On Monday, the law changed – dramatically, sweepingly, historically – when the U.S. Supreme Court made clear that in this respect the 1964 Civil Rights Act's anti-employment discrimination provisions mean exactly what they say. The Court's ruling in Bostock v. Clayton County, Georgia makes clear that it is illegal …

June 18, 2020 by Darya Minovi
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A blog post published last month by the Chesapeake Bay Program, a collaborative partnership focused on Bay restoration, addressed the many ways that the climate crisis will affect farms in the region. Data from the program shows temperatures on Maryland’s Lower Eastern Shore, home to a high concentration of industrial poultry farms, increased between 2 to 2.5 degrees Fahrenheit, on average, between 1901 and 2017. By 2080, temperatures in the Chesapeake Bay watershed are projected to increase by 4.5 to 10 degrees, posing a serious risk of heat stress to farmworkers and livestock.

As the post discusses, rising temperatures can hurt farms in several ways. Warmer temperatures make for a longer growing season, which may temporarily promote higher crop yields but can also stress water resources and result in additional fertilizer application, which is not what the doctor ordered for the Bay’s nutrient …

June 17, 2020 by Thomas McGarity
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Governments and industries are "reopening" the economy while COVID-19 continues to rage across the United States. At the same time, the lack of effective, enforceable workplace health and safety standards puts workers and the general public at heightened risk of contracting the deadly virus. In a new report from the Center for Progressive Reform, Sidney Shapiro, Michael Duff, and I examine the threats, highlight industries at greatest risk, and offer recommendations to federal and state governments to better protect workers and the public.

In many essential industries, the coronavirus risk is particularly acute because of the nature of the work and of the workplaces in which it is conducted. The lack of enforceable, pandemic-specific protections for workers and the hodgepodge of industry responses heighten this danger to workers. Industries affected range from health care to meatpacking, transportation to warehousing.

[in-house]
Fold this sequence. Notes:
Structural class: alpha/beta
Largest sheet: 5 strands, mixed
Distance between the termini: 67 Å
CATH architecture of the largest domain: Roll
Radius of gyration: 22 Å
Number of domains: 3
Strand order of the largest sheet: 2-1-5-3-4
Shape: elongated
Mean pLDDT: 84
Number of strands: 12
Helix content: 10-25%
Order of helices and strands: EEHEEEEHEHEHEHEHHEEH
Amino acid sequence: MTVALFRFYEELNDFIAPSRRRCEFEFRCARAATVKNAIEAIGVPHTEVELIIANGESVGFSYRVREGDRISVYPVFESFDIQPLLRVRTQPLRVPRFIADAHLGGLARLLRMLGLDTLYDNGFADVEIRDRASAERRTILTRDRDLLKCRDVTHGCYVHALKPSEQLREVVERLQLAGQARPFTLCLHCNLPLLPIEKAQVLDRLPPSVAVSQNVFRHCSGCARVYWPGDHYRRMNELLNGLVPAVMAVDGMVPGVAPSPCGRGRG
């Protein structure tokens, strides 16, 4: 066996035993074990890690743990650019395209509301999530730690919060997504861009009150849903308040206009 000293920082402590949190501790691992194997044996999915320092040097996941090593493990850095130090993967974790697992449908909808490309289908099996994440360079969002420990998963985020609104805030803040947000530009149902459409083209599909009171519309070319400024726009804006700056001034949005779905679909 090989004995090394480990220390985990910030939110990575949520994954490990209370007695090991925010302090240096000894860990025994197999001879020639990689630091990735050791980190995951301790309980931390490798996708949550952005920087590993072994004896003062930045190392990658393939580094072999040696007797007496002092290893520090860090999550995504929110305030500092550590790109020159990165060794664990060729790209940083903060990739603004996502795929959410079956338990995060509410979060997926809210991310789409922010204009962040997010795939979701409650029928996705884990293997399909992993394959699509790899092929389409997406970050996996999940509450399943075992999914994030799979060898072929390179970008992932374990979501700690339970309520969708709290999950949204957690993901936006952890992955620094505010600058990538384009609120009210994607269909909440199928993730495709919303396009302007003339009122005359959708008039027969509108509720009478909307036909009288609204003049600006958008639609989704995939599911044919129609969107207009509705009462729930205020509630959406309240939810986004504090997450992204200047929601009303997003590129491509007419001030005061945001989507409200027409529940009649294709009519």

Heaping injustice on top of danger, coronavirus-related hazards …

June 16, 2020 by Katlyn Schmitt
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On June 9, the House Energy and Commerce Committee's Subcommittee on Environment and Climate Change held a remote hearing, “Pollution and Pandemics: COVID-19’s Disproportionate Impact on Environmental Justice Communities.” The Center for Progressive Reform, joined by Fair Farms, Sentinels of Eastern Shore Health (SESH), and the Sussex Health and Environmental Network submitted a fact sheet to subcommittee members outlining the impacts of COVID-19 on the Delmarva Peninsula, along with a number of recommendations for building a more sustainable model for the region.

The area is home to a massive poultry industry, hit hard by the coronavirus pandemic. We addressed several of the most severe problems in our fact sheet, including the following.

Public Health Harms from 'Depopulation'

Because of pandemic-driven staffing shortages, approximately 2 million chickens in the region, likely more, have been killed without having been processed into consumer-ready meat. According to the industry, once …

CPR HOMEPAGE
More on CPR's Work & Scholars.
Sept. 3, 2020

It's Time for Maryland to Protect Its Poultry Workers

Aug. 20, 2020

The Congressional Review Act Could Be Put to Positive Short-Term Use, but It Should Still Be Repealed

Aug. 3, 2020

CPR's Commitment to Justice, Equity, Diversity, and Inclusion

July 29, 2020

Empowering Workers to Sue Employers for Dangerous Working Conditions

July 28, 2020

CPR Leads Legal Academics in Ensuring Citizen Access to Justice in the Wake of COVID-19

July 2, 2020

Will COVID-19 'Shock' Workplace Injury Law Like the Railroads of the Early 20th Century?

June 19, 2020

Supreme Court Affirms Title VII Protections for LGBTQ+ Community